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Images fx.jpg facet fracture 3d ct.jpg tip fracture 3d ct.jpg facet coronoid fracture ap and lateral radiographs.jpg
  • summary
    • Coronoid Fractures are traumatic elbow fractures that are generally pathognomonic for an episode of elbow instability. 
    • Diagnosis can be made using plain radiographs of the elbow. CT studies may be helpful for surgical planning.
    • Treatment may be nonoperative for nondisplaced coronoid tip fractures with a stable elbow. Surgical management is indicated for anteromedial facet fractures or fractures associated with elbow instability.
  • Epidemiology
    • Incidence
      • 10-15% of elbow injuries
  • Etiology
    • Types
      • isolated coronoid fracture
        • less common than previously thought
      • coronoid fracture + associated injuries
        • commonly occur with elbow dislocation
          • associated with recurrent instability after dislocation
    • Mechanism
      • traumatic shear injury
        • typically occurs as distal humerus is driven against coronoid with an episode of severe varus stress or posterior subluxation
        • not an avulsion injury as nothing inserts on tip
    • Pathoanatomy
      • fractures at the coronoid base can amplify elbow instability given that
        • anterior bundle of the medial ulnar collateral ligament attaches to the sublime tubercle 18 mm distal to tip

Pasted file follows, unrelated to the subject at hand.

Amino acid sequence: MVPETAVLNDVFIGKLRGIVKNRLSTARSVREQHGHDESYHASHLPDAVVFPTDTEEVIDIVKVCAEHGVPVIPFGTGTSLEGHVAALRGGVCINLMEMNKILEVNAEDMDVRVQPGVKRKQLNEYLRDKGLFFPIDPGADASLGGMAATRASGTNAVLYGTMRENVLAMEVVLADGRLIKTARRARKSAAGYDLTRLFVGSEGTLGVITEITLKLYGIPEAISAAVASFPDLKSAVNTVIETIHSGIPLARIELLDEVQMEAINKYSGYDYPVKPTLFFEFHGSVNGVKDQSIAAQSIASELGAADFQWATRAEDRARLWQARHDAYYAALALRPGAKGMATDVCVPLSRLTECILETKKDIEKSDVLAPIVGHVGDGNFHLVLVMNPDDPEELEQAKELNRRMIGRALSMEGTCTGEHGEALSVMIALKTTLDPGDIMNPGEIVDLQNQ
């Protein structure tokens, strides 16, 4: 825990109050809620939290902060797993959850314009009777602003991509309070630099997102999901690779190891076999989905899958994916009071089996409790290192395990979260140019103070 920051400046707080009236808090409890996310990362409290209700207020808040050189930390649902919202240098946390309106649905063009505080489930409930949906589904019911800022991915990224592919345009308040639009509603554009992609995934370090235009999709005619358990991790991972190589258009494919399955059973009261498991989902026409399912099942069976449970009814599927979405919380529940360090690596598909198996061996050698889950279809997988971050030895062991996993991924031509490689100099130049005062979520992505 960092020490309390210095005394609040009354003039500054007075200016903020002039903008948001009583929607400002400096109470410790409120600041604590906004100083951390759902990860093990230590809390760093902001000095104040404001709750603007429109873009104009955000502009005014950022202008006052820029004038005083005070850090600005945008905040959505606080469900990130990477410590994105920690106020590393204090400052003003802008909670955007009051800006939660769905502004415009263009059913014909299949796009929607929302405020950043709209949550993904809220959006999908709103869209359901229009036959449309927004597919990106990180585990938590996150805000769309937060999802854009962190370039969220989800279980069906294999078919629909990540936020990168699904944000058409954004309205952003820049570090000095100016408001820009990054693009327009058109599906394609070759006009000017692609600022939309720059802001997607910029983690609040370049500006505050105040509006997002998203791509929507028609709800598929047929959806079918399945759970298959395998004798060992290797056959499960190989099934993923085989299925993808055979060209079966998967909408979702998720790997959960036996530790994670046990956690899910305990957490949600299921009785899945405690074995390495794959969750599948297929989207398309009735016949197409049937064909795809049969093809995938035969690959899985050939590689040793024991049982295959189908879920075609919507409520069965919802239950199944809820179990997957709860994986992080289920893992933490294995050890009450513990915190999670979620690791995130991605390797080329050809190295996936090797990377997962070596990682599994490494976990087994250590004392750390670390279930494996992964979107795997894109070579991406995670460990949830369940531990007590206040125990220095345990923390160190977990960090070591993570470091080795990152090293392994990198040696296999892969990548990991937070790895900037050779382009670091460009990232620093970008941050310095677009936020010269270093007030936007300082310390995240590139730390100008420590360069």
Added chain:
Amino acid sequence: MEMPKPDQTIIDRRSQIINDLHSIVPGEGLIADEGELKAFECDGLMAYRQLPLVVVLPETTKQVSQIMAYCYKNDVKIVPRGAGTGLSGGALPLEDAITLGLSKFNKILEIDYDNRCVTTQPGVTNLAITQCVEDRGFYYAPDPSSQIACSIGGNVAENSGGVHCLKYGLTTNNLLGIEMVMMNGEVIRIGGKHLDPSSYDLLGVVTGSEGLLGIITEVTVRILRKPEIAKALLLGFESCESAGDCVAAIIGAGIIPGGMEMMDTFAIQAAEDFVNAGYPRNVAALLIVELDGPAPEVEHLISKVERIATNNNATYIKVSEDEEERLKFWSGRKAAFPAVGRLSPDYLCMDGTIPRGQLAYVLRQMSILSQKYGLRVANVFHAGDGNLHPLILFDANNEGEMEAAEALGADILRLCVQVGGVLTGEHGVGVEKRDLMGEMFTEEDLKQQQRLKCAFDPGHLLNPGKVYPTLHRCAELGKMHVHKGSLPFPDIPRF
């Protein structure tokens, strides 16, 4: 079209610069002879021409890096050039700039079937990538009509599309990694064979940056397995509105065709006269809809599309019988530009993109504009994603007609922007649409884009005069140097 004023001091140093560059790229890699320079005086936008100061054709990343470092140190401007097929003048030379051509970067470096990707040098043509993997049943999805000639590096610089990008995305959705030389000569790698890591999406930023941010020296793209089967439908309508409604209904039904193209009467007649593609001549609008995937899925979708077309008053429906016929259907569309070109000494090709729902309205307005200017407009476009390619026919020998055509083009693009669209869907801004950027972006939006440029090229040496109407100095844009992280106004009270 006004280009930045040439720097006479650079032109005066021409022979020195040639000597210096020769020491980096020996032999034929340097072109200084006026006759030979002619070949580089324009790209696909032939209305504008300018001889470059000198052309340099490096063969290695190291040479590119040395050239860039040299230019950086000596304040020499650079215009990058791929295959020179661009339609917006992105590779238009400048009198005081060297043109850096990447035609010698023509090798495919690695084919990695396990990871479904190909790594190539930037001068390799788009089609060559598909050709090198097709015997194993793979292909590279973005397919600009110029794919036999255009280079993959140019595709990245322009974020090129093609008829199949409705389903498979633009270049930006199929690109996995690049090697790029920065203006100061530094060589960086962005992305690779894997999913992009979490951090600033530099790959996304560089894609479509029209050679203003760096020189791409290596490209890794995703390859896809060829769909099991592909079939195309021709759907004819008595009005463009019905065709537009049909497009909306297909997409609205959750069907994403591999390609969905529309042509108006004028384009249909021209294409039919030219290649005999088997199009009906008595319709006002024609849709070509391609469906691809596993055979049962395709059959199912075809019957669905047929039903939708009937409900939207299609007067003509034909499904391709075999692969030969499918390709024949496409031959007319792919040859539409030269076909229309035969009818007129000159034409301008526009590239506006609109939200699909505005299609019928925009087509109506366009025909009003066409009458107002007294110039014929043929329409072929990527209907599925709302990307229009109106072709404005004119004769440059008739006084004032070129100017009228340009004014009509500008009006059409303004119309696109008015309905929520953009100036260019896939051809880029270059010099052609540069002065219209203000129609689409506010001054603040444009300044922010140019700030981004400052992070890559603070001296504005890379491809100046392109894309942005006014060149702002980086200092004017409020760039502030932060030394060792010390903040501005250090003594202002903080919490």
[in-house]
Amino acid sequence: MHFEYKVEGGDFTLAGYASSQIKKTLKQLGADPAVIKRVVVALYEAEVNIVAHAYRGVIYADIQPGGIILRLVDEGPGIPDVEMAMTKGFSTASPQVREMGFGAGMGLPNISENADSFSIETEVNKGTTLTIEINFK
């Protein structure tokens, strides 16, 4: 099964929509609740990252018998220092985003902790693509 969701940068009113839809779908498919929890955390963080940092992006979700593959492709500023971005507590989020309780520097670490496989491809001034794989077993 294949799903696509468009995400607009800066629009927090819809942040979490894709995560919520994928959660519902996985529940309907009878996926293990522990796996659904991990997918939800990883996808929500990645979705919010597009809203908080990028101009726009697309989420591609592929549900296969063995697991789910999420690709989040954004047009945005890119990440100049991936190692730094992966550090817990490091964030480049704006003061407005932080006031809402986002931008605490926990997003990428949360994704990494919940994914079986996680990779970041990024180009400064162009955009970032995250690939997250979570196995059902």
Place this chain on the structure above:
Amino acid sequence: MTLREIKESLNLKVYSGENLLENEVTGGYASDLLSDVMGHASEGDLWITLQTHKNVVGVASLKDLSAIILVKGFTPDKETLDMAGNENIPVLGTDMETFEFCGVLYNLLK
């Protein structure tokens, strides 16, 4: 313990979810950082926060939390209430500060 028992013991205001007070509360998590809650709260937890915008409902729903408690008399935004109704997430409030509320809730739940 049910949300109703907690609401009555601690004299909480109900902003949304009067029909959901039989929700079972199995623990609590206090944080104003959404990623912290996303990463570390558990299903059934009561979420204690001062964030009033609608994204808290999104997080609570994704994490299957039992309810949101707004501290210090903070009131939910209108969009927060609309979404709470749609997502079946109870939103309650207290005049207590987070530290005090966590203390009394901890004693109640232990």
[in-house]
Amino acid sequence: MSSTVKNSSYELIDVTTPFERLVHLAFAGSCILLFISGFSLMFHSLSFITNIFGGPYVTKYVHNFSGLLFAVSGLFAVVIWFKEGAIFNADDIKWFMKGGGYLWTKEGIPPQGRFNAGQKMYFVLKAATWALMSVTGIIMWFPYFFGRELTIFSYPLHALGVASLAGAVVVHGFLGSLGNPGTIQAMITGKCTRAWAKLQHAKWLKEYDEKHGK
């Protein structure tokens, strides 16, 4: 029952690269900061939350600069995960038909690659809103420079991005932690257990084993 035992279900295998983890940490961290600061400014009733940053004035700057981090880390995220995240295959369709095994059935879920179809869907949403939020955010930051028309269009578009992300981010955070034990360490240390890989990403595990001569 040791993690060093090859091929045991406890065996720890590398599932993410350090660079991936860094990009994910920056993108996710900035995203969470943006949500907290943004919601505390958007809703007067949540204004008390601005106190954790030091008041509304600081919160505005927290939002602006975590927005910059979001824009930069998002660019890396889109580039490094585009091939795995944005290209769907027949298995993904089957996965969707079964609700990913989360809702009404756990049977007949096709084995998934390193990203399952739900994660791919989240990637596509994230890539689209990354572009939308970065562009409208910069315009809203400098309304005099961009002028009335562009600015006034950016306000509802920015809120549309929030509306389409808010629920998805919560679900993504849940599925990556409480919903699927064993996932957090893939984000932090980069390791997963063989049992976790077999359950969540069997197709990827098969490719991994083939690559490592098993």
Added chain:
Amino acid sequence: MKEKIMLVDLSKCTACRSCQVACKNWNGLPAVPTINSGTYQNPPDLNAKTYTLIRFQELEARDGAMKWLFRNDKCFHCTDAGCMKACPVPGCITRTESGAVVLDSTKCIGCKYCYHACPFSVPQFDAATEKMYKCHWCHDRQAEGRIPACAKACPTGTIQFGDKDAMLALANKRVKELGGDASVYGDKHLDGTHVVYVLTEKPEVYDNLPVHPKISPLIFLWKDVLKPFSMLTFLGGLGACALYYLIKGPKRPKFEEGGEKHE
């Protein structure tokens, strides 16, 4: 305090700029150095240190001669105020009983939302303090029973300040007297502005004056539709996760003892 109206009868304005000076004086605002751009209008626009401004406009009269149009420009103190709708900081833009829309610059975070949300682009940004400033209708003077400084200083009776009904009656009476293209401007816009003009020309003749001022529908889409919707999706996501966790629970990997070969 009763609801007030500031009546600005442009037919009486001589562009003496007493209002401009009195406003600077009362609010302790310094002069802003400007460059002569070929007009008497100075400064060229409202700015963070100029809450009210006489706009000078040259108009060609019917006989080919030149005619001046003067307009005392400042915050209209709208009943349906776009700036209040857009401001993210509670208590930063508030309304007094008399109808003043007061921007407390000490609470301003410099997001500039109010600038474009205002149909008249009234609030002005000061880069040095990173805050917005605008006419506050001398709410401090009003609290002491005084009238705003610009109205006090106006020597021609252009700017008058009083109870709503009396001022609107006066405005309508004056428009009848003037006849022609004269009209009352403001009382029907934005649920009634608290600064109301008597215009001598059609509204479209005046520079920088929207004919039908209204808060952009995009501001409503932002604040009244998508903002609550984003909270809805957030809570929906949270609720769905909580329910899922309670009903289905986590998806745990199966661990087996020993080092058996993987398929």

• anterior capsule attaches 6 mm distal to the tip of the coronoid
    • Associated conditions
      • posteromedial rotatory instability
        • results from a varus deforming force
      • posterolateral rotatory instability
        • coronoid tip fracture, radial head fracture, and LCL injury
      • olecranon fracture-dislocation
        • usually associated with a large coronoid fracture
      • terrible triad of elbow
        • coronoid fracture (transverse fracture pattern), radial head fracture, and elbow dislocation
  • Anatomy
    • Osteology
      • coronoid tip
        • is an intraarticular structure
        • can be visualized during elbow arthroscopy
      • medial facet
        • important for varus stability
        • provides insertion for the medial ulnar collateral ligament
    • Biomechanics
      • coronoid functions as an anterior buttress of the olecranon greater sigmoid notch
        • important in preventing recurrent posterior subluxation
      • primary resistor of elbow subluxation or dislocation
  • Classification
      • Regan and Morrey Classification
      • Type I
      • Coronoid process tip fracture
      • Type II
      • Fracture of 50% or less of height
      • Type III
      • Fracture of more than 50% of height
      • O'Driscoll Classification
      • - Subdivides coronoid injuries based on location and number of coronoid fragments
        -Recognizes anteromedial facet fractures caused by varus posteromedial rotatory force
  • Presentation
    • Symptoms
      • elbow deformity & swelling
      • elbow pain
      • forearm or wrist pain may be a sign of associated injuries
    • Physical exam